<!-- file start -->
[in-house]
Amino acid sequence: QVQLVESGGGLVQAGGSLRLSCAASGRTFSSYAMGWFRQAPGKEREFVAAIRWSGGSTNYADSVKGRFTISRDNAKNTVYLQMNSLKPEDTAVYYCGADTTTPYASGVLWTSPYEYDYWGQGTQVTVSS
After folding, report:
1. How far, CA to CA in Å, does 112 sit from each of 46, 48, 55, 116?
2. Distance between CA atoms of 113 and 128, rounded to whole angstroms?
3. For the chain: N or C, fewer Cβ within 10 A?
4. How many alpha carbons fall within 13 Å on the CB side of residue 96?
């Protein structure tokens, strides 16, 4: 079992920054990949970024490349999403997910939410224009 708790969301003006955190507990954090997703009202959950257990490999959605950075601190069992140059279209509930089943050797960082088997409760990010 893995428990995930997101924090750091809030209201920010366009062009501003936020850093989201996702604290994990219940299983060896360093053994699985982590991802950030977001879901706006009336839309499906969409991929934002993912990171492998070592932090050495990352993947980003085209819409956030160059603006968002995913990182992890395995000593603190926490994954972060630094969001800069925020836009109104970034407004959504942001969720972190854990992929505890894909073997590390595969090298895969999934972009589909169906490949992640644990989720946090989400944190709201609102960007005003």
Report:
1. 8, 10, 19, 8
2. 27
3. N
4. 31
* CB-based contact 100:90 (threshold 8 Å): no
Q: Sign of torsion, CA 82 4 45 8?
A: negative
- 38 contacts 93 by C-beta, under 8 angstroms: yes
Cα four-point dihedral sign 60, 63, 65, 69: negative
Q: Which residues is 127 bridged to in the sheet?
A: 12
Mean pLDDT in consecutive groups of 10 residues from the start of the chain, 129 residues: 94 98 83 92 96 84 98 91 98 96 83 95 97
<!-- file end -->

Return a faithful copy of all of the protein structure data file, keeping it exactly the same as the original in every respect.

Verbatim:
[in-house]
Amino acid sequence: QVQLVESGGGLVQAGGSLRLSCAASGRTFSSYAMGWFRQAPGKEREFVAAIRWSGGSTNYADSVKGRFTISRDNAKNTVYLQMNSLKPEDTAVYYCGADTTTPYASGVLWTSPYEYDYWGQGTQVTVSS
After folding, report:
1. How far, CA to CA in Å, does 112 sit from each of 46, 48, 55, 116?
2. Distance between CA atoms of 113 and 128, rounded to whole angstroms?
3. For the chain: N or C, fewer Cβ within 10 A?
4. How many alpha carbons fall within 13 Å on the CB side of residue 96?
């Protein structure tokens, strides 16, 4: 079992920054990949970024490349999403997910939410224009 708790969301003006955190507990954090997703009202959950257990490999959605950075601190069992140059279209509930089943050797960082088997409760990010 893995428990995930997101924090750091809030209201920010366009062009501003936020850093989201996702604290994990219940299983060896360093053994699985982590991802950030977001879901706006009336839309499906969409991929934002993912990171492998070592932090050495990352993947980003085209819409956030160059603006968002995913990182992890395995000593603190926490994954972060630094969001800069925020836009109104970034407004959504942001969720972190854990992929505890894909073997590390595969090298895969999934972009589909169906490949992640644990989720946090989400944190709201609102960007005003």
Report:
1. 8, 10, 19, 8
2. 27
3. N
4. 31
* CB-based contact 100:90 (threshold 8 Å): no
Q: Sign of torsion, CA 82 4 45 8?
A: negative
- 38 contacts 93 by C-beta, under 8 angstroms: yes
Cα four-point dihedral sign 60, 63, 65, 69: negative
Q: Which residues is 127 bridged to in the sheet?
A: 12
Mean pLDDT in consecutive groups of 10 residues from the start of the chain, 129 residues: 94 98 83 92 96 84 98 91 98 96 83 95 97